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LSU head coach Ed Orgeron on the field in the first half as the Bulldogs host the Tigers, Saturday, October 19, 2019, at Davis Wade Stadium in Starkville, Miss.

LSU’s 2020 football season is over.

There are many who wish to never see another like it again.

While socially distant fans exited a quarter-full Tiger Stadium on Saturday night, masked reporters sat in the press box using video conferencing software to ask LSU coach Ed Orgeron and a few players to reflect on an unusual year.

It was an unusual night, an unusual setting, an unusual game.

LSU staffers mopped up puddles from the rain that dripped into the open-air press box. For four home games these staffers, along with dozens of other game-day employees, serviced an unlikely season that in the summer seemed virtually impossible to complete.

The Southeastern Conference Championship Game played on television screens hanging on the walls. The league completed 69 of its 71 scheduled games, and LSU was one of the 10 SEC teams to play every game within its shortened 10-game, league-only season.

It took a delayed Sept. 26 start date, plus two extra landing-spot weekends for postponed games. LSU needed both, and, in beating Ole Miss 53-48 on Saturday night, the school played in its latest regular season game since a squad of Tigers traveled to Havana, Cuba on Christmas Day in 1907 and beat a local team 56-0.

Coronavirus outbreaks postponed both the Florida and Alabama games, and, with some schedule shuffling, LSU was able to continue its long-standing rivalry with the Crimson Tide although contact tracing knocked the Tigers below the league's 53-scholarship player roster limit the first time.

The pandemic caused great expense — the LSU athletic department projects it will lose $80 million in revenue and has already eliminated 20 jobs — but a partial season from its bell cow program saved further financial losses, however nominal.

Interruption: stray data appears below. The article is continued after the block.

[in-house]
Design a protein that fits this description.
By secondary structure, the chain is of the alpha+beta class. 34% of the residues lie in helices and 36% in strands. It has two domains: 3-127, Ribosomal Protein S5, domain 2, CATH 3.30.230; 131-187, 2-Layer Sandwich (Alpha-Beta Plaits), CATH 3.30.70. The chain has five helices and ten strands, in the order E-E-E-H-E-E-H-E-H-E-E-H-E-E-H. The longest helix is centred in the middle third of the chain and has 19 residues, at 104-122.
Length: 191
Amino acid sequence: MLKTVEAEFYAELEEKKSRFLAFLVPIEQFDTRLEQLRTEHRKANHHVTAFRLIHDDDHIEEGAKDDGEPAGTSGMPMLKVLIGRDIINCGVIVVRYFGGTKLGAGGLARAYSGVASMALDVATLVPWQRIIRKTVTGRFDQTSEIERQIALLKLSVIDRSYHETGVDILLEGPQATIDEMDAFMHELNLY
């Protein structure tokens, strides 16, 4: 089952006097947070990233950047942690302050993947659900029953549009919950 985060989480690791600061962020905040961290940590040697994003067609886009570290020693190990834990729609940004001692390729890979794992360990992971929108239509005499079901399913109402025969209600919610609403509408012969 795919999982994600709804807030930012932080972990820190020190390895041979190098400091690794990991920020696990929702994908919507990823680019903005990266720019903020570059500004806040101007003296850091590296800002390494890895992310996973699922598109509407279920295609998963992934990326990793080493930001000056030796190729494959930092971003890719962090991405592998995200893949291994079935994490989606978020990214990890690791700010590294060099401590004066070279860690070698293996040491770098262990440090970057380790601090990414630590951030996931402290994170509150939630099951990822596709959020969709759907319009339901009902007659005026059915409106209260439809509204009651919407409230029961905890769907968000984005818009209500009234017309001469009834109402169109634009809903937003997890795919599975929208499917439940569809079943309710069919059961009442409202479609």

Optimism for the 2021 season arrived Friday, when Gov. John Bel Edwards announced Louisiana will receive 28,275 doses of Pfizer's vaccine this week. A slow crawl toward normalcy has begun, and, still, the winter/spring sports face similar logistical hurdles while the battle against the pandemic continues.

But, now, LSU's football season is over, and the program enters an offseason where further difficulties await.

Husch Blackwell, the firm investigating LSU's Title IX cases, is expected to conclude with a public report in February. The university's reported mishandlings of sexual assault cases has already implicated that Verge Ausberry, LSU executive deputy athletic director, and Sharon Lewis, LSU's associate athletic director over football recruiting and alumni relations, failed to appropriately report cases of abuse to the Title IX office.

Meanwhile, the NCAA's infractions case involving LSU's football and men's basketball programs is still being reviewed by the Independent Accountability Resolution Process. A timeline and any final sanctions remain unknown, but LSU has already self-imposed penalties that include banning itself from a bowl this season, plus cutting eight football scholarships over the next two years.

Orgeron and his coaching staff are already facing a challenging roster management problem. Transfers, opt-outs and suspensions have left LSU with just 69 scholarship players — a significant dip below the NCAA's 85-scholarship limit — and the depth issue could remain if a significant number of players leave the team.

LSU has 15 seniors and 13 draft-eligible underclassmen who could graduate, transfer or depart for the NFL draft.